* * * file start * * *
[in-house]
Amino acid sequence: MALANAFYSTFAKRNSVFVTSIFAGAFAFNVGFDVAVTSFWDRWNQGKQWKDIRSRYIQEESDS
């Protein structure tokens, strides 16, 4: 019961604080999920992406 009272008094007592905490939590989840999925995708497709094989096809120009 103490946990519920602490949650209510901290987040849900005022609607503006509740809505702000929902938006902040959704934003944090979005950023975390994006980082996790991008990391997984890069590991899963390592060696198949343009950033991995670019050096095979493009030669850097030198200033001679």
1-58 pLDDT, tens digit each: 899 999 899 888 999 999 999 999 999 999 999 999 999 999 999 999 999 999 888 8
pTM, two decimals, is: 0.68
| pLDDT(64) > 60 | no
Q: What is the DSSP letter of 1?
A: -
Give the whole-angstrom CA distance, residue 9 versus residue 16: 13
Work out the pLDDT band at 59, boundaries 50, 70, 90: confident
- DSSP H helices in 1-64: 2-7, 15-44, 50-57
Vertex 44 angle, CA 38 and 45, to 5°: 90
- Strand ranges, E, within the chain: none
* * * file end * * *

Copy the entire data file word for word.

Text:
[in-house]
Amino acid sequence: MALANAFYSTFAKRNSVFVTSIFAGAFAFNVGFDVAVTSFWDRWNQGKQWKDIRSRYIQEESDS
């Protein structure tokens, strides 16, 4: 019961604080999920992406 009272008094007592905490939590989840999925995708497709094989096809120009 103490946990519920602490949650209510901290987040849900005022609607503006509740809505702000929902938006902040959704934003944090979005950023975390994006980082996790991008990391997984890069590991899963390592060696198949343009950033991995670019050096095979493009030669850097030198200033001679």
1-58 pLDDT, tens digit each: 899 999 899 888 999 999 999 999 999 999 999 999 999 999 999 999 999 999 888 8
pTM, two decimals, is: 0.68
| pLDDT(64) > 60 | no
Q: What is the DSSP letter of 1?
A: -
Give the whole-angstrom CA distance, residue 9 versus residue 16: 13
Work out the pLDDT band at 59, boundaries 50, 70, 90: confident
- DSSP H helices in 1-64: 2-7, 15-44, 50-57
Vertex 44 angle, CA 38 and 45, to 5°: 90
- Strand ranges, E, within the chain: none